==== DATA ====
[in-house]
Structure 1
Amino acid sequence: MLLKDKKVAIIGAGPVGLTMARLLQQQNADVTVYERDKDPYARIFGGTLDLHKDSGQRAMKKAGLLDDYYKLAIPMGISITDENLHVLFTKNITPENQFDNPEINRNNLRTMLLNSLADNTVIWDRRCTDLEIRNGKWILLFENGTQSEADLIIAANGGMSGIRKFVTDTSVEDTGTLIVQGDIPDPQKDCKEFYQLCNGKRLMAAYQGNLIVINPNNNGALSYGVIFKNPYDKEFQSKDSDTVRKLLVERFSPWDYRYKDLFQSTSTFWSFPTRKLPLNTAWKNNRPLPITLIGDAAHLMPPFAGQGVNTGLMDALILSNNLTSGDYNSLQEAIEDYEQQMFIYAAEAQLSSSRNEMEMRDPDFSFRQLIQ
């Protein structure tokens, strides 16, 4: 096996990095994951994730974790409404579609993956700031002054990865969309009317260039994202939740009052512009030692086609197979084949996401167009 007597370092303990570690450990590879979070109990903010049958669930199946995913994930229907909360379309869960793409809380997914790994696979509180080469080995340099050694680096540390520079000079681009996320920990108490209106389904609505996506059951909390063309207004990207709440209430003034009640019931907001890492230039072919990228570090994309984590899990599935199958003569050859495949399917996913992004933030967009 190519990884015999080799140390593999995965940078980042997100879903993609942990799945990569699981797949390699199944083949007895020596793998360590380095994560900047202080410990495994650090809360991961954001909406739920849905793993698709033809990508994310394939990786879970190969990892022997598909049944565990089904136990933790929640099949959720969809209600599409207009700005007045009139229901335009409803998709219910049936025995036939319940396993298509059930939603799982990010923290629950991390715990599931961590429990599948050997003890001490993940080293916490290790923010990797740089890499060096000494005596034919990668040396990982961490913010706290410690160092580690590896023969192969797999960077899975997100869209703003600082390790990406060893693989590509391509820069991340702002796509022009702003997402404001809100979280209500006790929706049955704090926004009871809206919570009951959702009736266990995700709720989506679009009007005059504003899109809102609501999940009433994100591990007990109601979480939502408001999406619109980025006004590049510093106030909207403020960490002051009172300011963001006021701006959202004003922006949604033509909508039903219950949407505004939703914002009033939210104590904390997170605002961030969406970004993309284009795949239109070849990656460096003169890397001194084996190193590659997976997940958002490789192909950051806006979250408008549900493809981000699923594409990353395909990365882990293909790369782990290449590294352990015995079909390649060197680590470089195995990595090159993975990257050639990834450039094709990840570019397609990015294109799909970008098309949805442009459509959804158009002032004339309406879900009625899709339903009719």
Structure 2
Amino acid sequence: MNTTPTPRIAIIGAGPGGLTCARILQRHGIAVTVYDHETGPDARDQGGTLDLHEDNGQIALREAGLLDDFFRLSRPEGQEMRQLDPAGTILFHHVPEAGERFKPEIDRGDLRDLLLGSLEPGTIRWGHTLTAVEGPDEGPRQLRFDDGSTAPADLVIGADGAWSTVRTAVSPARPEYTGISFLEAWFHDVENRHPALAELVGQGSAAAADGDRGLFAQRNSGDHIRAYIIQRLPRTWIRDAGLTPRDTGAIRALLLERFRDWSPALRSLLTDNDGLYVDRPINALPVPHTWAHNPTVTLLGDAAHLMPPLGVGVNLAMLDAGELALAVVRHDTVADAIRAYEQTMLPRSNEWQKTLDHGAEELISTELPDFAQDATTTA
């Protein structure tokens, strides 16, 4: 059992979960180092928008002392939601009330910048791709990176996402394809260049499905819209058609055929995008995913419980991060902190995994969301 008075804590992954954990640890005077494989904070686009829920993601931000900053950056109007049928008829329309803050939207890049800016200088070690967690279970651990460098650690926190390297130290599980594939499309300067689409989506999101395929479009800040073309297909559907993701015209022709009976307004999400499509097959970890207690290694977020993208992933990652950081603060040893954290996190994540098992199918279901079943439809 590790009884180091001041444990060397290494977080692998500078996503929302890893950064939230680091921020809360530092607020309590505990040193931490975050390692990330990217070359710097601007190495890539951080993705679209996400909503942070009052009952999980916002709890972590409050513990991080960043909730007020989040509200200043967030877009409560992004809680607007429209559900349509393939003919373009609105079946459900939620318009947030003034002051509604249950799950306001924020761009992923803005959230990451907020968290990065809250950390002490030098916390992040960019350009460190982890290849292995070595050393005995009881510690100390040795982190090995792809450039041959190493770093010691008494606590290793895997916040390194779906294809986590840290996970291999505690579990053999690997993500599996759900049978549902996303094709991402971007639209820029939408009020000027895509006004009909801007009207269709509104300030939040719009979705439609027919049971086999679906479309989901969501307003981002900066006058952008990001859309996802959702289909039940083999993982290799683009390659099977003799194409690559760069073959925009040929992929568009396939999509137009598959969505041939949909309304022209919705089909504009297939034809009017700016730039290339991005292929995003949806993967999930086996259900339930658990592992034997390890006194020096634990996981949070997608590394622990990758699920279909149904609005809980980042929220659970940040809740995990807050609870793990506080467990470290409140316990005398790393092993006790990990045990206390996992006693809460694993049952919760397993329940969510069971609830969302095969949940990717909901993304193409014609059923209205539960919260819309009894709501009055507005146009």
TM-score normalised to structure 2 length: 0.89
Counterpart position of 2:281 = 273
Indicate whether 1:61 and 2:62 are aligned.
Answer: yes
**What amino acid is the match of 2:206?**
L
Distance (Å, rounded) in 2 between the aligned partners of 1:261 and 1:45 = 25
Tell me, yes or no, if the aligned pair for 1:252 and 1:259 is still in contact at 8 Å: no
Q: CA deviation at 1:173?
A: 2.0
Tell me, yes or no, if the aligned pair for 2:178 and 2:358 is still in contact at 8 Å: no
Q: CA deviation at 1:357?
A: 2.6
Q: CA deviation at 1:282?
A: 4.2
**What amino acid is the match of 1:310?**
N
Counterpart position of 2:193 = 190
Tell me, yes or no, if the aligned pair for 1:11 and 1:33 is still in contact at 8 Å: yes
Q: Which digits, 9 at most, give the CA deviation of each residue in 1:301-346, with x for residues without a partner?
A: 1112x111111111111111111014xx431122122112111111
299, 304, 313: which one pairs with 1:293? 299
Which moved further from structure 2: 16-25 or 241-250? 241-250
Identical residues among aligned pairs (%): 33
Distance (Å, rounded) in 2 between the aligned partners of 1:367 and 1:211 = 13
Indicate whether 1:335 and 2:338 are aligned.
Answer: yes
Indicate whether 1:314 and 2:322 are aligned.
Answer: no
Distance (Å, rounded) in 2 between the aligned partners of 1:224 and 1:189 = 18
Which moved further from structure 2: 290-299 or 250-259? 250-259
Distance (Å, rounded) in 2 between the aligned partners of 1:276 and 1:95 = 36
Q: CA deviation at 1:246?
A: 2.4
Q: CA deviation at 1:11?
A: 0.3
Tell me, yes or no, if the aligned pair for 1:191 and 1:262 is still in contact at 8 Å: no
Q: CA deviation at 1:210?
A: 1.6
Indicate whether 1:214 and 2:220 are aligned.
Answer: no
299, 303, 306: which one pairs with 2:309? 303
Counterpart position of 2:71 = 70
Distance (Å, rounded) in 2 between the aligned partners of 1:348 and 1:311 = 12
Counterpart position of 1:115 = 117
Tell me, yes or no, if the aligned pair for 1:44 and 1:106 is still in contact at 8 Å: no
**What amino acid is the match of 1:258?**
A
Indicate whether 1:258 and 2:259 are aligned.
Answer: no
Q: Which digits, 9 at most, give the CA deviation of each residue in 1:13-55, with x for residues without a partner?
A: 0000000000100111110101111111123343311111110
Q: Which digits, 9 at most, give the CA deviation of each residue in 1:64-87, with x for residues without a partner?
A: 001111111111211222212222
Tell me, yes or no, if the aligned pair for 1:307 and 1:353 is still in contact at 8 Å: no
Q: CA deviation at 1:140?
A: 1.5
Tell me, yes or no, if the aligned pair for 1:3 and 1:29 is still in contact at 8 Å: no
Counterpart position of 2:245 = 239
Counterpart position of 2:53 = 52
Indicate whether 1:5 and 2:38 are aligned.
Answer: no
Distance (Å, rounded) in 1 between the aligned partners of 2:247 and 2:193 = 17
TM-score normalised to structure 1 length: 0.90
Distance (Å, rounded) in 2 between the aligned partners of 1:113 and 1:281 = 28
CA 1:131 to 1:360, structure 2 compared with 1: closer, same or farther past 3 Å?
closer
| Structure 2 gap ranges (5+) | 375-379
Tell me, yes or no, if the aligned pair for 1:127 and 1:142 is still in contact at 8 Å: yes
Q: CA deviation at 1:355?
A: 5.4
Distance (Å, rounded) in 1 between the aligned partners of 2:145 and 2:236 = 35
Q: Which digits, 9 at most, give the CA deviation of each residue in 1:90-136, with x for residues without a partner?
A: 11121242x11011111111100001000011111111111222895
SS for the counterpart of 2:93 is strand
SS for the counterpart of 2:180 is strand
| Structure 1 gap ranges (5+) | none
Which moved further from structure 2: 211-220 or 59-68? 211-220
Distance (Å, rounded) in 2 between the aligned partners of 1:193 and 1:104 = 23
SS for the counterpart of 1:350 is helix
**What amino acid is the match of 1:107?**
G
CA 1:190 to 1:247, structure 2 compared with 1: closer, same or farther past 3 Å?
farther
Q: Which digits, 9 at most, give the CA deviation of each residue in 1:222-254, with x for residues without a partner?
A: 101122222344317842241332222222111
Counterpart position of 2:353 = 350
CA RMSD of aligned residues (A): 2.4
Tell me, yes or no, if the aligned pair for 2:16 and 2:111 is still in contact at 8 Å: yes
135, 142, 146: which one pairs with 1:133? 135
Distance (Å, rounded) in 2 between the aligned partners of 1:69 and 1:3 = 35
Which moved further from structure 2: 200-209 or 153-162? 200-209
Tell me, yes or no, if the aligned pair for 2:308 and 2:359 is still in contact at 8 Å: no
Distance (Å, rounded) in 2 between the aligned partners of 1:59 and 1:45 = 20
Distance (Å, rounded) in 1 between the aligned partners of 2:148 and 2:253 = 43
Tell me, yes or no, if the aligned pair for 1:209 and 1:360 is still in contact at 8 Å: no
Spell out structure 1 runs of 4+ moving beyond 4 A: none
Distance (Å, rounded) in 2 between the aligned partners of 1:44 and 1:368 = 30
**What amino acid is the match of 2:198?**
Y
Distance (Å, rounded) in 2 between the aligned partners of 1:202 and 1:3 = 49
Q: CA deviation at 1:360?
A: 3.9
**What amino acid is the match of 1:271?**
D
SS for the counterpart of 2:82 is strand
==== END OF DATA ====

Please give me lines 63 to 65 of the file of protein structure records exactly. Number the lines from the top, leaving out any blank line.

Q: CA deviation at 1:140?
A: 1.5
Tell me, yes or no, if the aligned pair for 1:3 and 1:29 is still in contact at 8 Å: no